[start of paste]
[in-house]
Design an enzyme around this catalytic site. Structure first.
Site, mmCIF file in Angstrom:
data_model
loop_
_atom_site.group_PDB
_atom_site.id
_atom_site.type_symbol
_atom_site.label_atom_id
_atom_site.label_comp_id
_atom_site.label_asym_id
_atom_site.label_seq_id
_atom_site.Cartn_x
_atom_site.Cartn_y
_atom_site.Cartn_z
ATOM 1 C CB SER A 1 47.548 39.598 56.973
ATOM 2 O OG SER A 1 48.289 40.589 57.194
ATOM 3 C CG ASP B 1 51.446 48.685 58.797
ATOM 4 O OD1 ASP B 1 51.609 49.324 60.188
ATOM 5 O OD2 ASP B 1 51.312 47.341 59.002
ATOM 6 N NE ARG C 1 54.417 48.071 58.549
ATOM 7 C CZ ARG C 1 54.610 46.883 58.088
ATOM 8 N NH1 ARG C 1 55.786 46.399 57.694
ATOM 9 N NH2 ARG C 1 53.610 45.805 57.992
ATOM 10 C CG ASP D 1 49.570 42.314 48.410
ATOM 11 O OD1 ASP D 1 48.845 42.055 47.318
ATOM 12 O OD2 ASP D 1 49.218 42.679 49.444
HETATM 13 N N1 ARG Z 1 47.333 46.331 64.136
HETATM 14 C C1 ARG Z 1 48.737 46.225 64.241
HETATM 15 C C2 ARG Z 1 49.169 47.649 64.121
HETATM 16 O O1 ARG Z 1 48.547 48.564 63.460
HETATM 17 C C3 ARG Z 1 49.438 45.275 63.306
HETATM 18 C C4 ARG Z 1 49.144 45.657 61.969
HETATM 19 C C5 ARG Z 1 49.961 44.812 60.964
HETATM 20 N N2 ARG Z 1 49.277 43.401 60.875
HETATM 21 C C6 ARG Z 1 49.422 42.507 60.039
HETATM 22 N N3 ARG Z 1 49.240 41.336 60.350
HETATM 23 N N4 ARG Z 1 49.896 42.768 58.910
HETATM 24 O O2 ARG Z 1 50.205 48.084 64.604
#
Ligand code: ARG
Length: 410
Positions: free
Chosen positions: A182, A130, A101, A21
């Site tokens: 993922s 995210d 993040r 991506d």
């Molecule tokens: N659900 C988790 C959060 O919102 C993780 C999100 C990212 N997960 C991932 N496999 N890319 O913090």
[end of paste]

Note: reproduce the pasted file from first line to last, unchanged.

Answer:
[in-house]
Design an enzyme around this catalytic site. Structure first.
Site, mmCIF file in Angstrom:
data_model
loop_
_atom_site.group_PDB
_atom_site.id
_atom_site.type_symbol
_atom_site.label_atom_id
_atom_site.label_comp_id
_atom_site.label_asym_id
_atom_site.label_seq_id
_atom_site.Cartn_x
_atom_site.Cartn_y
_atom_site.Cartn_z
ATOM 1 C CB SER A 1 47.548 39.598 56.973
ATOM 2 O OG SER A 1 48.289 40.589 57.194
ATOM 3 C CG ASP B 1 51.446 48.685 58.797
ATOM 4 O OD1 ASP B 1 51.609 49.324 60.188
ATOM 5 O OD2 ASP B 1 51.312 47.341 59.002
ATOM 6 N NE ARG C 1 54.417 48.071 58.549
ATOM 7 C CZ ARG C 1 54.610 46.883 58.088
ATOM 8 N NH1 ARG C 1 55.786 46.399 57.694
ATOM 9 N NH2 ARG C 1 53.610 45.805 57.992
ATOM 10 C CG ASP D 1 49.570 42.314 48.410
ATOM 11 O OD1 ASP D 1 48.845 42.055 47.318
ATOM 12 O OD2 ASP D 1 49.218 42.679 49.444
HETATM 13 N N1 ARG Z 1 47.333 46.331 64.136
HETATM 14 C C1 ARG Z 1 48.737 46.225 64.241
HETATM 15 C C2 ARG Z 1 49.169 47.649 64.121
HETATM 16 O O1 ARG Z 1 48.547 48.564 63.460
HETATM 17 C C3 ARG Z 1 49.438 45.275 63.306
HETATM 18 C C4 ARG Z 1 49.144 45.657 61.969
HETATM 19 C C5 ARG Z 1 49.961 44.812 60.964
HETATM 20 N N2 ARG Z 1 49.277 43.401 60.875
HETATM 21 C C6 ARG Z 1 49.422 42.507 60.039
HETATM 22 N N3 ARG Z 1 49.240 41.336 60.350
HETATM 23 N N4 ARG Z 1 49.896 42.768 58.910
HETATM 24 O O2 ARG Z 1 50.205 48.084 64.604
#
Ligand code: ARG
Length: 410
Positions: free
Chosen positions: A182, A130, A101, A21
């Site tokens: 993922s 995210d 993040r 991506d």
């Molecule tokens: N659900 C988790 C959060 O919102 C993780 C999100 C990212 N997960 C991932 N496999 N890319 O913090």